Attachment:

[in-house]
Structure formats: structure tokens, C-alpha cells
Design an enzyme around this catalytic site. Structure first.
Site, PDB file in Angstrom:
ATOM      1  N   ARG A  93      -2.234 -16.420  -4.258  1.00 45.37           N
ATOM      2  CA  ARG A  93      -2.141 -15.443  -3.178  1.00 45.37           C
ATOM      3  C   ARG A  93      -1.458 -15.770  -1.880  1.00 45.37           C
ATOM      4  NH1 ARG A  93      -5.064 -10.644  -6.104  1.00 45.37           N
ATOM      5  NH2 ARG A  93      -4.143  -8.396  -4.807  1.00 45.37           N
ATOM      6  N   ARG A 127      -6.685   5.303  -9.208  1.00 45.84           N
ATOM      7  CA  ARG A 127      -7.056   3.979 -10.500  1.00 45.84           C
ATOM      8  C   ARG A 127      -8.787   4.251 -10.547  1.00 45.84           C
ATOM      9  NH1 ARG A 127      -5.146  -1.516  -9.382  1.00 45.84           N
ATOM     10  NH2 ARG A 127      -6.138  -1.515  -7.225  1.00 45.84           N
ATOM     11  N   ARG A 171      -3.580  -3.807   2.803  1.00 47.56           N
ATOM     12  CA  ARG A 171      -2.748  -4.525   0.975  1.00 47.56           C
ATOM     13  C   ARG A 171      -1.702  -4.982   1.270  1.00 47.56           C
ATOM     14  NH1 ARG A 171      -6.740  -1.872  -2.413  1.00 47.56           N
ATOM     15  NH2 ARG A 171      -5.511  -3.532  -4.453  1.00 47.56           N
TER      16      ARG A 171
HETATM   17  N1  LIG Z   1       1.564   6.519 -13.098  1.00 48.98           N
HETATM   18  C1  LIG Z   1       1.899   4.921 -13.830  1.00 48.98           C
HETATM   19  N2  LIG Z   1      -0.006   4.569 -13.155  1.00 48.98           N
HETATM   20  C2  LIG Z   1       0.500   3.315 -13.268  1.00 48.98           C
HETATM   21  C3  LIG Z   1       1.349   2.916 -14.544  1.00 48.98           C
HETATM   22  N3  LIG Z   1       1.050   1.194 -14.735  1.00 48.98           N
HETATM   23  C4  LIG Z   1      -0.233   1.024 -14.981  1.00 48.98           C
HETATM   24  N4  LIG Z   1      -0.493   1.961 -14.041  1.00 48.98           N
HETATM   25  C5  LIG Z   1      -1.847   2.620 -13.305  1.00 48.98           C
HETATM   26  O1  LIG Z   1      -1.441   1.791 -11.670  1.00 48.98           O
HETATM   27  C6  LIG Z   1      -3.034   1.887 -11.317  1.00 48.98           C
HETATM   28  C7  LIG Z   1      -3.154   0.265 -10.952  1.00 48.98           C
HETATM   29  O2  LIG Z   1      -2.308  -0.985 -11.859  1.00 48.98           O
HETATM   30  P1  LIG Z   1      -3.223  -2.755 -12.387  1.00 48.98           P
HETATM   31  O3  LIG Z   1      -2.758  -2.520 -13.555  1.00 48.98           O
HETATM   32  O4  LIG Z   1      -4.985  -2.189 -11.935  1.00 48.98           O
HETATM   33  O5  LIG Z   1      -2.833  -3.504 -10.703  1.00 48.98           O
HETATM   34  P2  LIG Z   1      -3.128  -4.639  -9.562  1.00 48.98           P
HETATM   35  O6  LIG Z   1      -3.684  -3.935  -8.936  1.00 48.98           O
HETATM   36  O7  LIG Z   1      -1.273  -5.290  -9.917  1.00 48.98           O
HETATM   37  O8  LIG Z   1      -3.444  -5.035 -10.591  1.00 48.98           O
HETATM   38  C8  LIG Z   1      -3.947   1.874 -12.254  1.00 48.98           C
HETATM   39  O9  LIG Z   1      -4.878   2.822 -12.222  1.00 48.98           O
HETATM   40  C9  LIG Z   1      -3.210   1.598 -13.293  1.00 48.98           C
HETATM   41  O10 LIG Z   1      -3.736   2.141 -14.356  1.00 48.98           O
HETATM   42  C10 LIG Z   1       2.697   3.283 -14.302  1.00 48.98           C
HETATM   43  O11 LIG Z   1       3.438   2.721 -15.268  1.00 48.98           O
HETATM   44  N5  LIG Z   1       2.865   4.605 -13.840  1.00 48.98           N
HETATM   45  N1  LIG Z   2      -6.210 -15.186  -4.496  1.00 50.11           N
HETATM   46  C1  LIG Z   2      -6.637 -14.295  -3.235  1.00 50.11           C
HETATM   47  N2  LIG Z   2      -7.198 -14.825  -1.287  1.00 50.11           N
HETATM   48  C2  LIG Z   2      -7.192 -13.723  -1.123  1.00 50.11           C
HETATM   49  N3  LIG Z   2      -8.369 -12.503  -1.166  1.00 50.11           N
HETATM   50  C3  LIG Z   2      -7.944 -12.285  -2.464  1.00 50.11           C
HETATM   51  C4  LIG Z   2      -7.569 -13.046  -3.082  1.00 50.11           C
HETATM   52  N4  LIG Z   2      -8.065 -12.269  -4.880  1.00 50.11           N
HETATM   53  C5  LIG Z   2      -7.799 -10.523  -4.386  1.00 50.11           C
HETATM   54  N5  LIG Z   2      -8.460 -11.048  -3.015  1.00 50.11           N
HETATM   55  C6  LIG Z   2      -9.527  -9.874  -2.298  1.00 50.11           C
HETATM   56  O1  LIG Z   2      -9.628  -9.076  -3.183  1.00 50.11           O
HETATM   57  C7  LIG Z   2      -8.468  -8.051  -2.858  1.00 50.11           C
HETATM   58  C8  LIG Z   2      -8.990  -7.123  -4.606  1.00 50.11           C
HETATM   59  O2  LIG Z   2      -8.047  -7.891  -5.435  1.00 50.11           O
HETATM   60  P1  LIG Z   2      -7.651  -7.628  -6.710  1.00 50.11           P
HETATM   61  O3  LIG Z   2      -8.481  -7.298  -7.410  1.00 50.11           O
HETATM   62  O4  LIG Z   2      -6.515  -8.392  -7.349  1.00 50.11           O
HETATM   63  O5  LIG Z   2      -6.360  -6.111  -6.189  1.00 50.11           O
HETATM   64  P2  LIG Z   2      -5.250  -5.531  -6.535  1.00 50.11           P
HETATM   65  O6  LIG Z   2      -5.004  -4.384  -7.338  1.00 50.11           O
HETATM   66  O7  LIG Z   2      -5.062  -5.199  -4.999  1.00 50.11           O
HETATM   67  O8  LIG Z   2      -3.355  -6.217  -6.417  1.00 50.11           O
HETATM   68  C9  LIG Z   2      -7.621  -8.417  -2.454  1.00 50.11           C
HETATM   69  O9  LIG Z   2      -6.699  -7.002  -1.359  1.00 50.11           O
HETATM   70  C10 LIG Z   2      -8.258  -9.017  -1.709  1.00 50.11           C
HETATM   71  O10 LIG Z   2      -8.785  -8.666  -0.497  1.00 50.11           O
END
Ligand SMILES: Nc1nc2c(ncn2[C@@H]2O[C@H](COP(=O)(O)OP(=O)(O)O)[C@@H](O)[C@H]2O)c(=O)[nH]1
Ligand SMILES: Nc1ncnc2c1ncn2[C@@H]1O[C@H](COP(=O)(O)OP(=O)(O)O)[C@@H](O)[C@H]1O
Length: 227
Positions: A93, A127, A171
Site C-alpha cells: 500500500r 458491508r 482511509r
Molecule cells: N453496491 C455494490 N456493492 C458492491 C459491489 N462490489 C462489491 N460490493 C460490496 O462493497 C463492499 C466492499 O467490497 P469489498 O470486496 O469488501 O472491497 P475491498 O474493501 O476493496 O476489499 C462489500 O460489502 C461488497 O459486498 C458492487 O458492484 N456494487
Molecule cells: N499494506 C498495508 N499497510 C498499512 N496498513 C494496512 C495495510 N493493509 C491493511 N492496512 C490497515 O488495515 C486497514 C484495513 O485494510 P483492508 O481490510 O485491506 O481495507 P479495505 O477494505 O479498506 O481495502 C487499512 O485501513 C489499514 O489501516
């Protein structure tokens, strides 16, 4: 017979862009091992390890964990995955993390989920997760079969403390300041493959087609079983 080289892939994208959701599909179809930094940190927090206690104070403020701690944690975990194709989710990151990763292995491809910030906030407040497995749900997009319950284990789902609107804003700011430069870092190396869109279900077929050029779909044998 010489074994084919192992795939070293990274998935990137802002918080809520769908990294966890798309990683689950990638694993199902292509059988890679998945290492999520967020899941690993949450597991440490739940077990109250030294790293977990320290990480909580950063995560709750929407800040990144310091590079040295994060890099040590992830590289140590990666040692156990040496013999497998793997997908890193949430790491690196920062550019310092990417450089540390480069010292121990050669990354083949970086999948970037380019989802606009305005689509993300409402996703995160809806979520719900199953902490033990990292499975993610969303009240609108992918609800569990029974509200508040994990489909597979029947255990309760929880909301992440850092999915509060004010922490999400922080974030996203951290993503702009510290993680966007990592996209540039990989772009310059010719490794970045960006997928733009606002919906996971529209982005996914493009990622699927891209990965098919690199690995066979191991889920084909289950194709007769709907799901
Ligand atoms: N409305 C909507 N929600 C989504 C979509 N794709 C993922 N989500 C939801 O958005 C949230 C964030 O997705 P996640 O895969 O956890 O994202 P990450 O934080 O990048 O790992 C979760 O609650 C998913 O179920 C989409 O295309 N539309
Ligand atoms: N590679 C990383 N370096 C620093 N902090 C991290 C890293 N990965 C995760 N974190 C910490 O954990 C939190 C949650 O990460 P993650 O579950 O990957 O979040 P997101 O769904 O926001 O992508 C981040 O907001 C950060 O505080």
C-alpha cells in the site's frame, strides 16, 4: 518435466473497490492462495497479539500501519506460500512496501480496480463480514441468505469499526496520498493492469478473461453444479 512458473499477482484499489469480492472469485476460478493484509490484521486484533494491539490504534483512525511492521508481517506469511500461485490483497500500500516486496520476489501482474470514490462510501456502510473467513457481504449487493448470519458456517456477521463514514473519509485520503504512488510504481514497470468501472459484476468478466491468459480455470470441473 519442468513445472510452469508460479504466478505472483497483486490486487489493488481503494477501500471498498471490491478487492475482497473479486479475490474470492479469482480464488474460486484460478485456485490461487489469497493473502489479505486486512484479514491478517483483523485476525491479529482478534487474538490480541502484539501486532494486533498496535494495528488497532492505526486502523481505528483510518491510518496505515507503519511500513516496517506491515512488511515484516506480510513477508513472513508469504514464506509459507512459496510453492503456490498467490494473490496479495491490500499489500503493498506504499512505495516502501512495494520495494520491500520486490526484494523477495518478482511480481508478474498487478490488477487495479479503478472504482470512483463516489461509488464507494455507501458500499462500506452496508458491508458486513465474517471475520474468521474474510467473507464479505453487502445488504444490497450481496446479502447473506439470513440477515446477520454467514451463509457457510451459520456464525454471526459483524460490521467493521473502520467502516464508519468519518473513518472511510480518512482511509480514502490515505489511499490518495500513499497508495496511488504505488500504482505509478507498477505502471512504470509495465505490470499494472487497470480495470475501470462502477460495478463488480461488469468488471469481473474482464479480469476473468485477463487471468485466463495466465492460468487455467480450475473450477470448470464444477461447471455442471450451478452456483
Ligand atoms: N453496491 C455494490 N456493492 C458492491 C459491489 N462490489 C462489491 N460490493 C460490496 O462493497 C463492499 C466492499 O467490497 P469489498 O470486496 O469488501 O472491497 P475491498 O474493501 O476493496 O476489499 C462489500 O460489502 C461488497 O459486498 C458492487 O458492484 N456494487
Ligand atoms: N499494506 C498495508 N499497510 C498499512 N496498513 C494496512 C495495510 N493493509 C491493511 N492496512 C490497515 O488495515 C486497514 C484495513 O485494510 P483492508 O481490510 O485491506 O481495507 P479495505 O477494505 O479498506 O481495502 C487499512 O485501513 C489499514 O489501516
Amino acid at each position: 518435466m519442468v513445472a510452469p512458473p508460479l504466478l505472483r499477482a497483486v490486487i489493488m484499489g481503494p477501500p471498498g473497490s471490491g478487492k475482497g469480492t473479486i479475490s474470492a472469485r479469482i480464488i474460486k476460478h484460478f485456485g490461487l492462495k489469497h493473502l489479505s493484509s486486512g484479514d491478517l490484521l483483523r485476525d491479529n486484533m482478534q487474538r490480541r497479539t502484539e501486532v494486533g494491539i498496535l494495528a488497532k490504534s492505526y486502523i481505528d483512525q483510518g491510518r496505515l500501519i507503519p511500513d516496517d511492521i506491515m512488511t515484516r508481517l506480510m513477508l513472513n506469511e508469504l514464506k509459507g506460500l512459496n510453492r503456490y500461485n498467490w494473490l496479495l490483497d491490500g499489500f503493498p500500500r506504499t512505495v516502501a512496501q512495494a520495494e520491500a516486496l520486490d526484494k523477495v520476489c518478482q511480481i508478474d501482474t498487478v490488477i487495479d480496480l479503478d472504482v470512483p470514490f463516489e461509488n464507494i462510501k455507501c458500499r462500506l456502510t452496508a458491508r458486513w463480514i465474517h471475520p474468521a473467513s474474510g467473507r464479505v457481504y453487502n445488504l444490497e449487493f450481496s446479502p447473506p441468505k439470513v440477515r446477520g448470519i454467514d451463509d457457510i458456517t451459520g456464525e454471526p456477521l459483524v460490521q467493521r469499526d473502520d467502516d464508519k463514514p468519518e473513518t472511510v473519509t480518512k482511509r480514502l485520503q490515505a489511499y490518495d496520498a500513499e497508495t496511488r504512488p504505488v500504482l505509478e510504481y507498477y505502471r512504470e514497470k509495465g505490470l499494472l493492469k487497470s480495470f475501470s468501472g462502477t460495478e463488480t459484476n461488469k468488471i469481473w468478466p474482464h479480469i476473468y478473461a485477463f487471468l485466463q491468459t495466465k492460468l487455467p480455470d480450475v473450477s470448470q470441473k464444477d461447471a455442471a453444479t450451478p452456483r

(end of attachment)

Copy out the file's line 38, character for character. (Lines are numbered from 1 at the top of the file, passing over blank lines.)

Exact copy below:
HETATM   34  P2  LIG Z   1      -3.128  -4.639  -9.562  1.00 48.98           P